This is another part of the race that is probably more hazardous for the more elite level athletes. I navigated this tire littered part of the race safely, if a bit slowly, the end within reach.
This is a series of cement pipes draped across the trail that were maybe four feet tall that one needed to get over to continue. I wish I had video of me doing this one, because it would have been hilarious to see a heavier set guy basically jump chest and stomach first onto each one of these, followed by throwing my legs over to one side and sliding off on the other side. I was really just going for results and not form on this one.
The final stretch is an uphill jog, another pool to wade through and then grabbing a rope to ascend a steep hill located near the start of the race. Once you are at the top, you slide back down the other side (I nearly took out some poor girl who had gone ahead of me) and proceed the last thirty meters or so to the finish. I finished at a good run with a time of 3:29 (three and a half hours) which is not that impressive, but actually faster than I expected. There were many cadets at the finish armed with space blankets and medals. There were yellow and red straps for the medals, and not knowing if there was a difference, I headed to a guy holding a red one (It seemed tougher than yellow to my addled brain). FINISHED!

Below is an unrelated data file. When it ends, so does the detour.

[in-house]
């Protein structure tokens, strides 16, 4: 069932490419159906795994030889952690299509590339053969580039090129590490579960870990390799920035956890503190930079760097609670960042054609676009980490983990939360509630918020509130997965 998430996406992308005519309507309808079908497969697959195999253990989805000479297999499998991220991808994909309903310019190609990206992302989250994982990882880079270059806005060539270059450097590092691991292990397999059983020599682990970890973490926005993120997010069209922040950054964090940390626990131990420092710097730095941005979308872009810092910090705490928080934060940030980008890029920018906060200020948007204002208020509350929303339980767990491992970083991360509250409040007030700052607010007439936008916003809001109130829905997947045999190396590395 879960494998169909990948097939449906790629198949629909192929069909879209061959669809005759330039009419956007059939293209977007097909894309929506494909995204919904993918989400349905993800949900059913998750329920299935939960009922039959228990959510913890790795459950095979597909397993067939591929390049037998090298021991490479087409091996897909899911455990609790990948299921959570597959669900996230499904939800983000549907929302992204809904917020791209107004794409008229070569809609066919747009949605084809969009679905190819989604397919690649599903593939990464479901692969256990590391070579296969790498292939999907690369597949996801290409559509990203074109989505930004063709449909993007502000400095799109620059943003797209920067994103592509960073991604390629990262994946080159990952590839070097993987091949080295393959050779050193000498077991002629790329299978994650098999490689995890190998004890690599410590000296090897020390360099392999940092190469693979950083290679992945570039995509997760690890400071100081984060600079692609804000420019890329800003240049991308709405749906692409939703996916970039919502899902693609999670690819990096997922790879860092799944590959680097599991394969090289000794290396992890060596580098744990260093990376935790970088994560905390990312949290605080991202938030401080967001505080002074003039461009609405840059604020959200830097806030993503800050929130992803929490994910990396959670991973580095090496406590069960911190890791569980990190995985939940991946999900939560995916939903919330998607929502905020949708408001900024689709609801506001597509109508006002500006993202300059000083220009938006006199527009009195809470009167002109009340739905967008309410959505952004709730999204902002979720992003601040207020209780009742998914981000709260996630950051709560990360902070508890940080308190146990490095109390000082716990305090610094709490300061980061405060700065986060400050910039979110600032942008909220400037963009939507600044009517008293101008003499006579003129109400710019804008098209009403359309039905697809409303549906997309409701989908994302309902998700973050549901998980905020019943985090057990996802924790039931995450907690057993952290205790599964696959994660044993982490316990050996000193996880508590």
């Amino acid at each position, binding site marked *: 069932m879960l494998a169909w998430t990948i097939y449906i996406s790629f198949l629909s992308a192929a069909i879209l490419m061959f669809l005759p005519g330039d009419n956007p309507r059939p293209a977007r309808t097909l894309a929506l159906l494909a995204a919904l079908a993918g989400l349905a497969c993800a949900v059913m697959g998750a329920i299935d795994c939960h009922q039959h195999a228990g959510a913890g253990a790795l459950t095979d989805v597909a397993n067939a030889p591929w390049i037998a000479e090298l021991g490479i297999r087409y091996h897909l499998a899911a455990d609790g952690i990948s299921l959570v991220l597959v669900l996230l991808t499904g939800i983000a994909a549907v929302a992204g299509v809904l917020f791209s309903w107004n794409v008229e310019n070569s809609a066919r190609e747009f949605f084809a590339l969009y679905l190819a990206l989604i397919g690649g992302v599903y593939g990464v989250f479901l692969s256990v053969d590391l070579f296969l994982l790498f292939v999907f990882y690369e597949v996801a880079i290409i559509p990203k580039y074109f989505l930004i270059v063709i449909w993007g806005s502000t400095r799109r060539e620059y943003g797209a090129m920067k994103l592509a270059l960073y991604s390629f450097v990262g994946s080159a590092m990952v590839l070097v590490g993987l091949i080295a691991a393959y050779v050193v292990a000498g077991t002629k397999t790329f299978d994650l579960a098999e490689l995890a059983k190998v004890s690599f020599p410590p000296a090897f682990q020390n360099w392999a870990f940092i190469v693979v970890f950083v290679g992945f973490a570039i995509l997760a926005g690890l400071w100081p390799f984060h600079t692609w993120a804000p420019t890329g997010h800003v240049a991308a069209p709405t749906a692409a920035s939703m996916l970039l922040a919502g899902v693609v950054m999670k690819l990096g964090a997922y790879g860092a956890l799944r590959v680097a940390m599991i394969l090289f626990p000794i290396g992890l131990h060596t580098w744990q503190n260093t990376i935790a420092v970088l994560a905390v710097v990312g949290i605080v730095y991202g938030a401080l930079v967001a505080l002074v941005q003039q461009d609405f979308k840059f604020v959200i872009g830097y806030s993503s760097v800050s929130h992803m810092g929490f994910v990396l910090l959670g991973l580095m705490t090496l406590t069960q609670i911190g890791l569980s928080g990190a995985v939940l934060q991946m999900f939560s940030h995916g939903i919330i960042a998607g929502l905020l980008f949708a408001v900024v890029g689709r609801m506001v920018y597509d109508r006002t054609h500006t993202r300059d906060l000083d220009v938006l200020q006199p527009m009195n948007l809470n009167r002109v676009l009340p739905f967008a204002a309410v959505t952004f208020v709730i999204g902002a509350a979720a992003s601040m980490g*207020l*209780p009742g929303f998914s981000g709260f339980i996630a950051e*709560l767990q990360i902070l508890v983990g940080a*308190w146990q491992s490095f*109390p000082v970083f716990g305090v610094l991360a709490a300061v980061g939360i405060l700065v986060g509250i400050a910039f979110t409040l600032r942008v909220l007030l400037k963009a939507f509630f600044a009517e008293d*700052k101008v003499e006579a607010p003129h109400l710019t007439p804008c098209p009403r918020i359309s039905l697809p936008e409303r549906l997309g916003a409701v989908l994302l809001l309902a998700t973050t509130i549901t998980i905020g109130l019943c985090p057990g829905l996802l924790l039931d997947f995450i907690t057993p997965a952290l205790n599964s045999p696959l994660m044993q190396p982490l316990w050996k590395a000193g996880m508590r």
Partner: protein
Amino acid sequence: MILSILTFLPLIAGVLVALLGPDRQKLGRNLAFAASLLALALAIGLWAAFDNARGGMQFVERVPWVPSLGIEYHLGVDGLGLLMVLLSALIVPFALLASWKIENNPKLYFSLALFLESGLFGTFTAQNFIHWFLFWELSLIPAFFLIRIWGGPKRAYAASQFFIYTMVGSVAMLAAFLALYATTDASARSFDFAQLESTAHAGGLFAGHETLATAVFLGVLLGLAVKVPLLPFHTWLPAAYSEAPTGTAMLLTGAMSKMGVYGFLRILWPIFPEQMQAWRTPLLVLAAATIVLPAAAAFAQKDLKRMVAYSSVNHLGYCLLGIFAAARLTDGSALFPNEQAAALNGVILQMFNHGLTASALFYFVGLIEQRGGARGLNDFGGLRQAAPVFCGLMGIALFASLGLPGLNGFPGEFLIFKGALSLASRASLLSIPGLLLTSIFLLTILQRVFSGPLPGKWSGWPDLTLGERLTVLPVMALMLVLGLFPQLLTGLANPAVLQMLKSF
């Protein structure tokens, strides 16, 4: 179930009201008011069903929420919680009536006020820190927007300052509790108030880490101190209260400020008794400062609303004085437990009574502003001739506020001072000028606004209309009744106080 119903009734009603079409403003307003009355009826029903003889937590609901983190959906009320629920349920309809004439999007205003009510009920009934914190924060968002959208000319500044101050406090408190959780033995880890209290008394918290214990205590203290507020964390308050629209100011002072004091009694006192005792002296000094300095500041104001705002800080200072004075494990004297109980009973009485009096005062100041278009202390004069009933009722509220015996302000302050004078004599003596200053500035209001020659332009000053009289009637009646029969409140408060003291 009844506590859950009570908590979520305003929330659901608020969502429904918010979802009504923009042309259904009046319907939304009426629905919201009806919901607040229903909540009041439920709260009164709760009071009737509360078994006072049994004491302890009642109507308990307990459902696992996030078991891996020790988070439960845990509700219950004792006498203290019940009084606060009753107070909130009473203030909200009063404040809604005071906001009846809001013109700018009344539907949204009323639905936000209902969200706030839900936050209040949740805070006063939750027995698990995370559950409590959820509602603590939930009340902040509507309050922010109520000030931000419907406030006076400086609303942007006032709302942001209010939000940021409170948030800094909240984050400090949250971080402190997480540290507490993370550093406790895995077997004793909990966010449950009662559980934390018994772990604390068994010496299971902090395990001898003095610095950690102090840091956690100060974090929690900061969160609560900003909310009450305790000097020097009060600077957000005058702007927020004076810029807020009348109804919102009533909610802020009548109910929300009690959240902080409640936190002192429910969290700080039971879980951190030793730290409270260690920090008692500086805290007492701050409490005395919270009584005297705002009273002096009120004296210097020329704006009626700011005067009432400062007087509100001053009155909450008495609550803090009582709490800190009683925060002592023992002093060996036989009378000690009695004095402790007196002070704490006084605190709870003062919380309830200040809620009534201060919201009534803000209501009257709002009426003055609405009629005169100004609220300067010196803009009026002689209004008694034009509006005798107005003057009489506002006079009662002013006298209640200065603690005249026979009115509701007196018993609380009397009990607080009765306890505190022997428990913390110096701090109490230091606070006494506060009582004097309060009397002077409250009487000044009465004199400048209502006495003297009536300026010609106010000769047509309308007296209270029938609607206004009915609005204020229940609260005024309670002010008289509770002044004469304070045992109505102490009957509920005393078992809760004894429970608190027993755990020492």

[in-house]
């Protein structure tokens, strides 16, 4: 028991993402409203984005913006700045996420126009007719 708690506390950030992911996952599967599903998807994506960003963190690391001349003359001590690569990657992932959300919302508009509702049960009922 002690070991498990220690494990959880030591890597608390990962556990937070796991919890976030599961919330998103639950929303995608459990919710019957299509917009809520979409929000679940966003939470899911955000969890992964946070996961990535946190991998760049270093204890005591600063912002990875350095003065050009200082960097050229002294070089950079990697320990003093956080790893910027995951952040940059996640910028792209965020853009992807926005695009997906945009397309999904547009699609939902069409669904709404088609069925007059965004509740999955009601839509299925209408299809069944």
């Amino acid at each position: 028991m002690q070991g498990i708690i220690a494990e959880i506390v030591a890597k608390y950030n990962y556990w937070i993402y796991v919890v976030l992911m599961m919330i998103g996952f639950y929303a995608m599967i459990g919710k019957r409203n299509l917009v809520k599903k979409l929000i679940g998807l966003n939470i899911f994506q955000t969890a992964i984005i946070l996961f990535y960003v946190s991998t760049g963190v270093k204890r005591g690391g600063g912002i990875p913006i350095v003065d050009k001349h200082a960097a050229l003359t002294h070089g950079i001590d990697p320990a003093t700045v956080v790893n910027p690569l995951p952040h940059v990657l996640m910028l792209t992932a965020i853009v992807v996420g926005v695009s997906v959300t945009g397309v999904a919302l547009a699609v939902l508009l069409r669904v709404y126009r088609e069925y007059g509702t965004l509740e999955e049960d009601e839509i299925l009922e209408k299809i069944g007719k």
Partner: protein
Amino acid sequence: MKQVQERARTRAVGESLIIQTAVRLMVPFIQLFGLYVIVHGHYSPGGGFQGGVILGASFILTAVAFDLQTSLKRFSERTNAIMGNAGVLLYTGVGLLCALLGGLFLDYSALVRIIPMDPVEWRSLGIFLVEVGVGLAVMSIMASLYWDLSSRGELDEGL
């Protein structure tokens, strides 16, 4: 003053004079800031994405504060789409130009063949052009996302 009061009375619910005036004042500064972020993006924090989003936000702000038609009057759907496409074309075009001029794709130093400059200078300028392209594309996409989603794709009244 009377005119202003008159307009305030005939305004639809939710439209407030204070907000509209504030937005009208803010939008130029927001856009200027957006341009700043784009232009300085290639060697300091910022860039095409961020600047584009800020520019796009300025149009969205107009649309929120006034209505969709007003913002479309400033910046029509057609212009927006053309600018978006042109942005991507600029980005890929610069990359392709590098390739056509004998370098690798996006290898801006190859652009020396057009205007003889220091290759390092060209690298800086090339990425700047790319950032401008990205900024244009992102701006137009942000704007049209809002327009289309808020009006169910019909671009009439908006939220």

I then headed into the chaos that was the Horse Showers, a large barn where everyone had placed their belongings on pegs, and at the end of the race, also had volunteers giving out coffee, tea and hot chocolate with biscuits (cookies, for American readers). There was also a series of warmish showers on constantly. After pounding a coffee and a cookie, I waded under a showerhead to get come of the mud off of me. The water was up to my ankles, there were space blankets and coffee cups strewn everywhere, and there were people in various stages of disrobe throughout. It would have been a little revolting if I wasn’t dealing with the simultaneous feelings of elation at having finished, coupled with the cold finally creeping into my bones and making me tremble. I wasn’t the worst off in that regard though. I had seen several people who simply couldn’t hold their hot drinks steadily, seemingly unaware of the fact that the drink was spilling all over their hands. One guy actually poured the drink all over his hands on purpose, which I felt was a horrible waste of good tea.